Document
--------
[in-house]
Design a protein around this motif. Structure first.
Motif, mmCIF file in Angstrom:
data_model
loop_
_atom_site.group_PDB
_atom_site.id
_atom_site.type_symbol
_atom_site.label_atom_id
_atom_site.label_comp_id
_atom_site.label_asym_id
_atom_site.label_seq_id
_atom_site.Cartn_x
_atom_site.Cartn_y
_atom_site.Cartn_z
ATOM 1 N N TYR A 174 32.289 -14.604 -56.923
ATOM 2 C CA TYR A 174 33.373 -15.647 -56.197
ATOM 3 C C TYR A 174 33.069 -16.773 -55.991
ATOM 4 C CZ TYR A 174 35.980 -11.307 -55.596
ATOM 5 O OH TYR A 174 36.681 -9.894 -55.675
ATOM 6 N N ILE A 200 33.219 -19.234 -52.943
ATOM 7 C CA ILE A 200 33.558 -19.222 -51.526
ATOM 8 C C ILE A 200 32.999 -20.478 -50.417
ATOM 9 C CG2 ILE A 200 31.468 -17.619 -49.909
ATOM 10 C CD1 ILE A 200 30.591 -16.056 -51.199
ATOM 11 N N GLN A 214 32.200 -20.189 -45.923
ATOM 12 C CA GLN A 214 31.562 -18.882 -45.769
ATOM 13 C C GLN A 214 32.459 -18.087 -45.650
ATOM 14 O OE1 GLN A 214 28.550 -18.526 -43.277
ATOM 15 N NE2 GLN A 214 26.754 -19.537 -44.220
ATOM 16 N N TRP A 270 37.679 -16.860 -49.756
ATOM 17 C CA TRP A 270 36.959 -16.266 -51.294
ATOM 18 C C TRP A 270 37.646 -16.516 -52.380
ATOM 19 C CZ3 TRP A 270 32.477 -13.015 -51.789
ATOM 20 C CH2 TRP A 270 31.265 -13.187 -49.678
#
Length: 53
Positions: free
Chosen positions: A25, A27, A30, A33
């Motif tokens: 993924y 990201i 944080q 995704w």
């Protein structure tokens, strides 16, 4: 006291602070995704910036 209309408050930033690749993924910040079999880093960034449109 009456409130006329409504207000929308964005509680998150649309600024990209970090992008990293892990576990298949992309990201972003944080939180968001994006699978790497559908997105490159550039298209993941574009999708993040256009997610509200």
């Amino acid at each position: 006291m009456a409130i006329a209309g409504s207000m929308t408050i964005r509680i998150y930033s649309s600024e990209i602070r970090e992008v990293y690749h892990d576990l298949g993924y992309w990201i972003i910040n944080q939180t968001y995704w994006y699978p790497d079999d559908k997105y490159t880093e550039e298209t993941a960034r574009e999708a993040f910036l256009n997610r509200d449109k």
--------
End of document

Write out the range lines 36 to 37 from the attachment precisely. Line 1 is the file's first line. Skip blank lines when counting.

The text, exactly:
#
Length: 53